A mere 15 vans and other light commercial vehicles were built in the UK last month as factories closed down for coronavirus. The latest figures from the Society of Motor Manufacturers and Traders (SMMT) show the sector has been all but obliterated by the crisis, despite the need for commercial vehicles in key applications, such as ambulances and police vans.
The data shows the tiny number of vans built in this country last month were all existing orders destined for customers in the UK, and most factories shut down altogether as lockdown continued. As a result, the number of vehicles produced was down 99.3 percent compared with the same month in 2019.
But as appalling as those figures may seem, they don’t tell the whole story. April 2019 may not have been as dire as this April, but it still saw an uncommonly low level of van production as factories shut down to mitigate the effects of a no-deal Brexit that never arrived. The fourth month of 2019 saw production fall to just 2,162 units - down from more than 7,400 in April 2018.
As a result of this cut in manufacturing, the UK’s predicted output for 2020 has fallen dramatically. As of the end of April, the country had built more than 27 percent fewer vehicles in 2020 than at the same point in 2019.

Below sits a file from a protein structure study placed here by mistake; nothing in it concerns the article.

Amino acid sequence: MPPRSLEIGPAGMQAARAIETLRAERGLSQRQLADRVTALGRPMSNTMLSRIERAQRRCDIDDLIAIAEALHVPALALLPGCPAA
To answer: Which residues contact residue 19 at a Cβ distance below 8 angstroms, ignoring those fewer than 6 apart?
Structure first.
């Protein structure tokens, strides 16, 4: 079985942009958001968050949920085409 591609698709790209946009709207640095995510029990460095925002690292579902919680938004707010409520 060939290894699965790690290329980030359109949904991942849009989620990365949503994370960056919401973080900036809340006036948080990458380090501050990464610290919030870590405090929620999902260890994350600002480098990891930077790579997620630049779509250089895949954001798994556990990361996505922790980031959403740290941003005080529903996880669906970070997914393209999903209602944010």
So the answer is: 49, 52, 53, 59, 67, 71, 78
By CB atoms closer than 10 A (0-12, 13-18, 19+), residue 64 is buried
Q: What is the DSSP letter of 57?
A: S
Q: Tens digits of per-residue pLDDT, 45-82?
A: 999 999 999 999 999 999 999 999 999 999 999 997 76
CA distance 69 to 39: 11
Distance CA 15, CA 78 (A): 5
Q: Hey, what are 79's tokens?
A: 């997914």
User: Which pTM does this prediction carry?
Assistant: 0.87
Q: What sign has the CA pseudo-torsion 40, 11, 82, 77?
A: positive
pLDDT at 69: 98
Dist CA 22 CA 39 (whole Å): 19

The news follows SMMT figures showing a similarly dramatic drop-off in passenger car production last month. Just 197 cars were produced in the UK in April, a reduction of 99.7 percent compared with the previous April.
Again, the car production figures were skewed very slightly by the impact of Brexit fears on factories in 2019. With factories shutting down, car production fell in by around 45 percent in the fourth month of that year.
Mike Hawes, the SMMT’s chief executive, said the figures may not come as a surprise, but showed the recovery of the industry was dependent on government support.
“These figures, though unprecedentedly low, are not surprising given the exceptional circumstances,” he said. “However, they do illustrate the incredible challenge facing the UK commercial vehicle sector and, consequently, the wider economy. Production lines are beginning to roll again but, with strict social distancing measures in place, scaling up to full capacity will be a gradual process. To accelerate a sustainable recovery of this critical and fundamentally strong industry and futureproof jobs, we will need government’s ongoing support.”